SINGAPORE – Motorola Inc. (MOT), the world's second-largest mobile phone maker, said on Tuesday it expects to sustain strong sales growth in the second half of 2004 thanks to new handsets with innovative designs and features.
"We obviously had a very good first and second quarter where we blew past anybody's estimates of what we would do," said Geoffrey Frost, senior vice president for Motorola's mobile phone division.
"We feel very good about the second half of this year given the product portfolio and as we accelerate our product development time, we expect momentum to continue," he said in an interview in Singapore.
Motorola plans to launch about 20 new models in the final six months of the year. They include a 0.5 inch-slim flip phone with a nickel-plated keypad and aluminum casing, and a video and music-playing handset with stereo sound.
Gartner Group analyst Nick Ingelbrecht said the new phones looked promising.
"They've done well, but have some more work to do -- they're not entirely out of the woods yet," he said. Motorola must ensure that delays in the launches of new models, which plagued the company last Christmas, did not recur, he said.
Last month, U.S.-based Motorola beat Wall Street expectations for the second straight quarter when it reported its results, minus one-off items, for the three months to June, as it won share from rivals like Finland's Nokia (NOK). Sales in the quarter rose 41 percent and it forecast stronger-than-expected sales in the third quarter.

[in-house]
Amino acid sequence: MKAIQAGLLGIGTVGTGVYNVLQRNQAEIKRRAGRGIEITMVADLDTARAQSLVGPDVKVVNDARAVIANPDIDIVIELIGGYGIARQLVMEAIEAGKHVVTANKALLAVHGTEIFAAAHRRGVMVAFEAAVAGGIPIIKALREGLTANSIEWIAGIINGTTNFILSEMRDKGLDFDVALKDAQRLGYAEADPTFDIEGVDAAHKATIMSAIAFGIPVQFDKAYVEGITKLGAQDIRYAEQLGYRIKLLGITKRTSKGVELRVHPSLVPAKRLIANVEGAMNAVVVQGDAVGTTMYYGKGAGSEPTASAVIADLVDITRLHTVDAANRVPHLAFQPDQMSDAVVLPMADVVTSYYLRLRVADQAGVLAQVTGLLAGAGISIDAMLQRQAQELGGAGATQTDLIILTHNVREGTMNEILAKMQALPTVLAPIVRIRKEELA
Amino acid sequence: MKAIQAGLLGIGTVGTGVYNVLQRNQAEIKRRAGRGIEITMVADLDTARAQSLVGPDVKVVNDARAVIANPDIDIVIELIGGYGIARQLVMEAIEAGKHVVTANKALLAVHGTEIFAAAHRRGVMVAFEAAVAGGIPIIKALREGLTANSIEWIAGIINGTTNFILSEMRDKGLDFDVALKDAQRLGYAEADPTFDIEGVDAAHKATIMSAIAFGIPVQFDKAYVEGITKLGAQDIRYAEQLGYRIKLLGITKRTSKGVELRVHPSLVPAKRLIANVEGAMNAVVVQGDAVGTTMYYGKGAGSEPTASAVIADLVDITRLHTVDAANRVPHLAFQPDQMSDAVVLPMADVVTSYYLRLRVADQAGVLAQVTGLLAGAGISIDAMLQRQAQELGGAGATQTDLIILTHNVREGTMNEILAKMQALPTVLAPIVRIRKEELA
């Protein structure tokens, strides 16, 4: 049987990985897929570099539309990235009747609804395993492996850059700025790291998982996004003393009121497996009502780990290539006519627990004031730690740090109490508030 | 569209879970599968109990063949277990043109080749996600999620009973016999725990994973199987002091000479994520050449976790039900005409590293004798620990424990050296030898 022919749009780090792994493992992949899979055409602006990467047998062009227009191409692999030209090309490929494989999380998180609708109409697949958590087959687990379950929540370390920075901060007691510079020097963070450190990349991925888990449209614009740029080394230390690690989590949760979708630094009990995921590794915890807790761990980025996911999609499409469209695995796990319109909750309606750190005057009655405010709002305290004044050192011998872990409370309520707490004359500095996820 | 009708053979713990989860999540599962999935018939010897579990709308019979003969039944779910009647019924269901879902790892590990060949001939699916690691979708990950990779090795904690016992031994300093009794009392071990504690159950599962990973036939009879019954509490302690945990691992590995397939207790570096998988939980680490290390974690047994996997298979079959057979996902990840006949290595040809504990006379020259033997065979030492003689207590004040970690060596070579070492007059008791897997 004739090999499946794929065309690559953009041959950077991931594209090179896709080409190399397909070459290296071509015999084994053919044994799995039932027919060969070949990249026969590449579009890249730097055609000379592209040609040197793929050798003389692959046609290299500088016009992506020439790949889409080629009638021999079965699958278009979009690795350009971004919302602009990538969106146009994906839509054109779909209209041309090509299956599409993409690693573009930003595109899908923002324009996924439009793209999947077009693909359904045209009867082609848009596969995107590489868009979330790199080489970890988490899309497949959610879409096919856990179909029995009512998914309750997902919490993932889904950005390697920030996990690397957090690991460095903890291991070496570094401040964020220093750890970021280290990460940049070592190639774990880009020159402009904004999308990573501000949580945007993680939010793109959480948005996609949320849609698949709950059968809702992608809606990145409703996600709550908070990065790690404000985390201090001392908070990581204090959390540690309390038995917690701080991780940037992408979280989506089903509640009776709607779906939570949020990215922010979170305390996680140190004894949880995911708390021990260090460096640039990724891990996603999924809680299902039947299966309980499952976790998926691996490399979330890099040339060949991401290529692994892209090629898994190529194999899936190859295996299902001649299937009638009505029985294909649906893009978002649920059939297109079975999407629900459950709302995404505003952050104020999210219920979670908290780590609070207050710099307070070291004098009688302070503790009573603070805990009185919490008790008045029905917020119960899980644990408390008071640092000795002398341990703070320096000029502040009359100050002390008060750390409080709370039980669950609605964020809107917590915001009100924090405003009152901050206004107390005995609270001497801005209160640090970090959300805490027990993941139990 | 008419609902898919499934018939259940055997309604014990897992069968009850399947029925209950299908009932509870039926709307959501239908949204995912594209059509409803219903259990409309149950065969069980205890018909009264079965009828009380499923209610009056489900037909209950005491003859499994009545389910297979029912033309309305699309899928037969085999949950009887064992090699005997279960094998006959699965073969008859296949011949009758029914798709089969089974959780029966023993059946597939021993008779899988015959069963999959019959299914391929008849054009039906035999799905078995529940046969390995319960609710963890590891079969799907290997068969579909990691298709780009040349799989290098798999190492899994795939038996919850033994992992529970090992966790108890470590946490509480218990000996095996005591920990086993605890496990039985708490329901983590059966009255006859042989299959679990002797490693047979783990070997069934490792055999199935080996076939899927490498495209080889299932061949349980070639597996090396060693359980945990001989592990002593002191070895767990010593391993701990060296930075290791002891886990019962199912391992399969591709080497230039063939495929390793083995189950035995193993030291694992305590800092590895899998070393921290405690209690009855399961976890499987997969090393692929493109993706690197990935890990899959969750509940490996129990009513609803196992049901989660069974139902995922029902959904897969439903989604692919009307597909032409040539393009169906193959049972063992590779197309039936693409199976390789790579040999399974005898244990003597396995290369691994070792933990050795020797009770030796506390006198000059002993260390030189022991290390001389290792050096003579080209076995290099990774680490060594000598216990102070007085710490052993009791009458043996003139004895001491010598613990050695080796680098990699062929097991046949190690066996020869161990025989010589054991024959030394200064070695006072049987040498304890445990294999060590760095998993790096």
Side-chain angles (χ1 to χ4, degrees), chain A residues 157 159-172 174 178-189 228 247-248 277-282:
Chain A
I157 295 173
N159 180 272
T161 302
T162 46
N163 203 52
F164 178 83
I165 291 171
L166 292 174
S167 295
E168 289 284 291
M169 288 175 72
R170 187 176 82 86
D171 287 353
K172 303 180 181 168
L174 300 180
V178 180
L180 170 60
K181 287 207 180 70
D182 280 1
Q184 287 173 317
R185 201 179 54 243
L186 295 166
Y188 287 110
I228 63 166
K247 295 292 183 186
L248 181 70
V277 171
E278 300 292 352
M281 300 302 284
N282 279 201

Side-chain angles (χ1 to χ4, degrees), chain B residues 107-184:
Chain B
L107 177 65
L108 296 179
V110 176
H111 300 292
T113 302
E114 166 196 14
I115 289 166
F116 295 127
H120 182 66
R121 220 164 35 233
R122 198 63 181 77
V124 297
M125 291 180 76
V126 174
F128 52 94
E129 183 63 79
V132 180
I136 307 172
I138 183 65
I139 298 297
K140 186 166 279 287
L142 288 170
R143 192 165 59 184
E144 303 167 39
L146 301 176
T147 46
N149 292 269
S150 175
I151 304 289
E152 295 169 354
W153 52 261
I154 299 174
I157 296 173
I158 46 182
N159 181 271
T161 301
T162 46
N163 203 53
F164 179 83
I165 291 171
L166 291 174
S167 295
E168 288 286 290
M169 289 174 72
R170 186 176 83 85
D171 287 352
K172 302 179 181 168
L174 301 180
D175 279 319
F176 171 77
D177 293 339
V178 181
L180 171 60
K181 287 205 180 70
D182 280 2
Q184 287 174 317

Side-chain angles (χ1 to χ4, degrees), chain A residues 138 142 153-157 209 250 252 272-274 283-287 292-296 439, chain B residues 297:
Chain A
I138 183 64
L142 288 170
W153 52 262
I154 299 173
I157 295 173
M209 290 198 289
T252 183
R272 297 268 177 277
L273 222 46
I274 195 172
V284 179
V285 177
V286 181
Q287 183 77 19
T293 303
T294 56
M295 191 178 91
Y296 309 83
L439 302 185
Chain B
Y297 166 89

Excluding one-time items, Motorola earned 21 cents a share for the second quarter, above analyst forecasts of 18 cents per share, according to Reuters Estimates.
Market leader Nokia was stung for the second consecutive quarter, with its share falling to 28.9 percent from 36 percent, as it struggled to revitalize its ailing phone portfolio.
The Finnish firm has tried to halt its market share erosion by cutting prices on selected models by up to 10 percent, triggering investor concern, analysts said.
Frost dismissed suggestions that Motorola had suffered a big blow from Nokia's strategy, but admitted the discounts had created "a lot of pricing pressure" on its low-end phones.
When asked if Motorola expected to keep average selling prices (ASPs) stable in the coming quarters, Frost was upbeat.
"We've not had a great line-up of high-end phones and the fact we were able to maintain ASPs in the second quarter with our portfolio would lead me to be pretty optimistic about the second half."
Motorola was gearing up for a more intense battle in China, the world's largest cellphone market by users, he said.
According to investment bank J.P. Morgan (search), Nokia overtook Motorola in June with a 15.5 percent share of the China market, compared with the latter's 14.1 percent.
"We're redoubling our efforts to attack. It's a lot like a basketball game with a two-point difference, it's a quarter-to-quarter battle," he added.